I’ve had it in my mind that I wanted to do this mountain biking race in August since last year when I volunteered for the event. I fit one spin class a week into my Nordic skiing schedule in winter, I started cycling early in the spring once the ice was gone. I slowly increased my mileage, making sure not to take any huge leaps.
Once I was 12 weeks out from my event, I started a training plan- a modified version of the one I did last year for 24 Hours of Great Glen. Everything was going great- I was scheduling half my rides as group rides which meant a lot of time seeing my cycling friends, I was actually doing all the scheduled rides (even if that meant working them into my commute). And most of all, I was feeling really strong- the strongest and fastest I’d ever been on a bike.
And then, 6 weeks in, my right knee started to hurt. It was pretty sudden- I went from thinking “Oh, it’s a twinge” to nearly bursting into tears on a ride by myself. Cycling may be a much lower impact sport than running, but you can still hurt yourself! I took 2 weeks off cycling, but it still felt a little off. I found myself hiking, walking, swimming, and just generally enjoying the summer. After one more week, I slowly started riding again, paying special attention to my pedal strokes and totally ignoring speed and distance. And you know what happened? I found so much joy in cycling again! Training is tough on body and mind and your social schedule- that’s what it’s supposed to do. It needs to stress your body so you super-compensate and get faster and fitter. But something about just riding whatever I felt like that day- road or mountain, long or short, hilly or flat has been so great for me.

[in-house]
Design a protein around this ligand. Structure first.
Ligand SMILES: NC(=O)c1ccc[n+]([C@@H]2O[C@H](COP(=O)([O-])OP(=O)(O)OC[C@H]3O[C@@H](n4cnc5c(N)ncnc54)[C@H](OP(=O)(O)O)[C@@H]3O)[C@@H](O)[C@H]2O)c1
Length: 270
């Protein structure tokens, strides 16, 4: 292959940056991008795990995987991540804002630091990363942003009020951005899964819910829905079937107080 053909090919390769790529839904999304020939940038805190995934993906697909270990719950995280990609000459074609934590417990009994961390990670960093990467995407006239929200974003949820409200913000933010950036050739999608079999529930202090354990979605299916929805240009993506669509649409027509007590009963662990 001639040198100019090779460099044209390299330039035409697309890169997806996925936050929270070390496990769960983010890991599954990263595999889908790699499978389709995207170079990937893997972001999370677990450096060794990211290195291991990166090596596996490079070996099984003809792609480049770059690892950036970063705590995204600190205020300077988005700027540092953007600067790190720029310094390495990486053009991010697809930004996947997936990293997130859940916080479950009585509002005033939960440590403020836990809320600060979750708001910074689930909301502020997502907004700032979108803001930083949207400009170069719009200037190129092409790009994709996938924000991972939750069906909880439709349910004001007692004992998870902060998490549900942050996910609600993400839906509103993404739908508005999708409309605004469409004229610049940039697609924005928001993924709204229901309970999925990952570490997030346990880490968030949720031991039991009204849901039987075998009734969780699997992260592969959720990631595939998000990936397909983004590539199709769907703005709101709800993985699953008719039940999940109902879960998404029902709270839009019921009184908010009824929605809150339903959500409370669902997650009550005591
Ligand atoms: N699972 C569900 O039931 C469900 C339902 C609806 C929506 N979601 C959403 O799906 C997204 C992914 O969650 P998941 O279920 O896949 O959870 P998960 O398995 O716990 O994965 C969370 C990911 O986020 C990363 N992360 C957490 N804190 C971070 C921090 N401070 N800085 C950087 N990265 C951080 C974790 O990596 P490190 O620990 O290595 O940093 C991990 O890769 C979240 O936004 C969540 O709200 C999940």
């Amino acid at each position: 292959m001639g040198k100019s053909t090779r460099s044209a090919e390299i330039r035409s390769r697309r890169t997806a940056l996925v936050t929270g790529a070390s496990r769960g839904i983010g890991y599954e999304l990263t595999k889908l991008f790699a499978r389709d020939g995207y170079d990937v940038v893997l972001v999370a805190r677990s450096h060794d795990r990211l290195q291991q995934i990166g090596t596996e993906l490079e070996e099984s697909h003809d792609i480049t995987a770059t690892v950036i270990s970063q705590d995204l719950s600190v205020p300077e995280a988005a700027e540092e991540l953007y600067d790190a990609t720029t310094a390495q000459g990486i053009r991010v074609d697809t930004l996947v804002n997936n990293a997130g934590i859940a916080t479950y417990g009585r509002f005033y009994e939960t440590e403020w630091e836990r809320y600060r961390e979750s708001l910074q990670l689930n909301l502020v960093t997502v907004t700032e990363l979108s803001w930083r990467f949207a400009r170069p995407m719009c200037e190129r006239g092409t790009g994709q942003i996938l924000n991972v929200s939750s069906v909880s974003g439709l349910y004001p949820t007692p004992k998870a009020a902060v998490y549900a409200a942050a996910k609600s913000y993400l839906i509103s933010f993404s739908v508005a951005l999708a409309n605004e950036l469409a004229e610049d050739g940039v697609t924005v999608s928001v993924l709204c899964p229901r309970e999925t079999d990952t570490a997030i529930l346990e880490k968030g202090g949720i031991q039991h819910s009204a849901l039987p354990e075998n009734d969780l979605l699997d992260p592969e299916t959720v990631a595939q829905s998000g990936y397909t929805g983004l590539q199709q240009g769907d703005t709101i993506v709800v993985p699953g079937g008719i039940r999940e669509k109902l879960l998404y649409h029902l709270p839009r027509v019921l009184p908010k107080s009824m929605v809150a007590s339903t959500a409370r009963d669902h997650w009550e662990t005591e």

So, a whole year of planning for this event isn’t going to result in me doing the race I had planned. There’s still a couple weeks to go, so I could always sign up for the half distance version, but I’m not sure my heart is in it. I’ve been just loving having a less regimented schedule and enjoying riding with my friends and by myself.
Sometimes, your body just says no and you just need to listen.